May 10, 2021, © Leeham News: The COVID-19 pandemic prompted airlines to ground more than 8,000 aircraft at the peak.
Among widebodies, no aircraft was hit harder than the Airbus A330ceo.
Traffic within China, the US and Asia recovers with narrowbody airplanes. European short- and medium-haul traffic is not recovering as quickly due to continued boarder closings. International traffic, for the same reason, remains awful.
But in chaos some see opportunities.
Jep Thornton, managing partner of the boutique lessor Aerolease, last week said the A330-300 could be a great trading opportunity.
At April 1, there were 267 -300s and 286 A330-200s (of all types) in storage, according to data reviewed by LNA.
This huge number of parked airplanes, of all ages, doesn’t mean some of these won’t return to service. But as LNA wrote previously, post-pandemic impacts dropped lease rates for aircraft returned to lessors to as low as $150,000 for 12-year olds—and there were no takers.
Pre-pandemic, Thornton said, values of A330-300s were $60m-$70m. Today, the airplane can be purchased for as low as $25m.
Thornton said a buyer with the ability to store the airplane for as much as 18 months might see the value rebound from today’s purchase price.
He compared the A330-300 with the McDonnell Douglas DC-10 in the 1980s. During recessions, values plummeted. In better times, values skyrocketed.
“The A330 reminds me of the DC-10,” Thornton said. “That was ice cold when it was cold and smoking hot when it was hot.”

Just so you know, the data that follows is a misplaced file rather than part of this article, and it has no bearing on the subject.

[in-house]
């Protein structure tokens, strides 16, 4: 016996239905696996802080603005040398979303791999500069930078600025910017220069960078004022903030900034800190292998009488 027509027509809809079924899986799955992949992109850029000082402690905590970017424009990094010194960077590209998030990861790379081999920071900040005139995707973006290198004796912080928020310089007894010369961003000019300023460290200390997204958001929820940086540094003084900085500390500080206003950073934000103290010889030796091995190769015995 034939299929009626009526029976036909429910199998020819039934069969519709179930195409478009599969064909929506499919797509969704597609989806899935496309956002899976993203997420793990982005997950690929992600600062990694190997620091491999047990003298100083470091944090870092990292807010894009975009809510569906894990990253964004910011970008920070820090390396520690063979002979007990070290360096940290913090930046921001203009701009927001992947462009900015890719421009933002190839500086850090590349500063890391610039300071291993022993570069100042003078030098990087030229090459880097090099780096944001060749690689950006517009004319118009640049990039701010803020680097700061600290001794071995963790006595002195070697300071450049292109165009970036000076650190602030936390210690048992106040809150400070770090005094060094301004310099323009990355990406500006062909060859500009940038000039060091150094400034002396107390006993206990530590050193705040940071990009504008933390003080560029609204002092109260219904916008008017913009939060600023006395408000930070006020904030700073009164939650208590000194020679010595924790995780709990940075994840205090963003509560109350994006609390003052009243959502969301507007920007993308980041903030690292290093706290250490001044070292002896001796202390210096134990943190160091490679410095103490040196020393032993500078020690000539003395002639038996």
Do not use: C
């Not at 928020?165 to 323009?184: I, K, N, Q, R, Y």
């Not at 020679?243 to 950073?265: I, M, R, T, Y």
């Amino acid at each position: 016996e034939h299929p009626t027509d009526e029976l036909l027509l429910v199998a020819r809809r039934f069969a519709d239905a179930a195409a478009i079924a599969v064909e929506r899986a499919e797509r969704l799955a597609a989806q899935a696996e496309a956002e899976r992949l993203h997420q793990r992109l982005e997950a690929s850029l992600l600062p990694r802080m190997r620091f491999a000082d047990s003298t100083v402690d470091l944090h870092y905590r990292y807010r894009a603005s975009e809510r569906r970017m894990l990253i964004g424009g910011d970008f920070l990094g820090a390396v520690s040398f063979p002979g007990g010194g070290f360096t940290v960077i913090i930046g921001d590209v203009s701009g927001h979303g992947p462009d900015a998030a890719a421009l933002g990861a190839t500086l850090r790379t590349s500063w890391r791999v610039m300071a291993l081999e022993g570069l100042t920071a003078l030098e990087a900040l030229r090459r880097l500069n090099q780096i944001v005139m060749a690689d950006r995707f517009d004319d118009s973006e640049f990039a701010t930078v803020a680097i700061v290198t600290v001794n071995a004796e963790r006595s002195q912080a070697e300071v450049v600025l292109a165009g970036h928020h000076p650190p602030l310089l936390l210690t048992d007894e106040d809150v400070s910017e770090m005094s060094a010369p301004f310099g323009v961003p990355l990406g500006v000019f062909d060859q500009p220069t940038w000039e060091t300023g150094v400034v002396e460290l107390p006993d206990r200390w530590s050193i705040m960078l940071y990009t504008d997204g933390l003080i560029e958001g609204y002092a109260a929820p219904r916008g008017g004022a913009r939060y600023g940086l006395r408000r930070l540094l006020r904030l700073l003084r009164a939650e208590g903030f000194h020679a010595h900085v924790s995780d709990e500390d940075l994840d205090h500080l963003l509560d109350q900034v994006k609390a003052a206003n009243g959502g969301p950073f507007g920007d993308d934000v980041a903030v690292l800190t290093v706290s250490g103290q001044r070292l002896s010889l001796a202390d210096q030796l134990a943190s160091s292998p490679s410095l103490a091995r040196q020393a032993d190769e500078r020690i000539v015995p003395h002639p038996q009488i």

Gerard Butler, chief marketing officer of Merx Aviation Finance, said “the jury is out for me for passenger widebodies for the next three years. You need international long haul and business travel to bounce back. Whether it’s in 2023, ’24 or even ‘25” if the unknown.
Butler and Thornton agree that vaccinations against COVID are the key. Too many borders remain closed or under arriving quarantines to promote cross-border travel, even within Europe. Thornton pointed to another problem as well. Clearing customs at London Heathrow Airport sometimes takes as long as seven hours, he said.
“If I take a seven hour flight [from the US] and have to wait seven hours to clear customers, I’m not going,” Thornton said.
“Outside of China, Asia and the US, there’s not a lot of positivity,” Butler said.
Butler sees a “further weeding out” of airlines yet to come.
Thornton wonders whether a lot of the Airbus A320ceos and Boeing 737 NGs will return to service, especially as fuel prices go up. (Butler noted that prices doubled since the start of the pandemic.) Aircraft that are 20 years or older may not return to service, he said.
Although 737-800s, and now A321ceos, are being converted to freighters, Thornton believes there may be a surplus developing. He’s also skeptical of P2F conversions for the widebodies, including emerging developments for the 777-300ER P2F. As widebody traffic recovers, Thornton said belly freight capacity will, too. This will depress demand for main-deck P2F conversions, he said.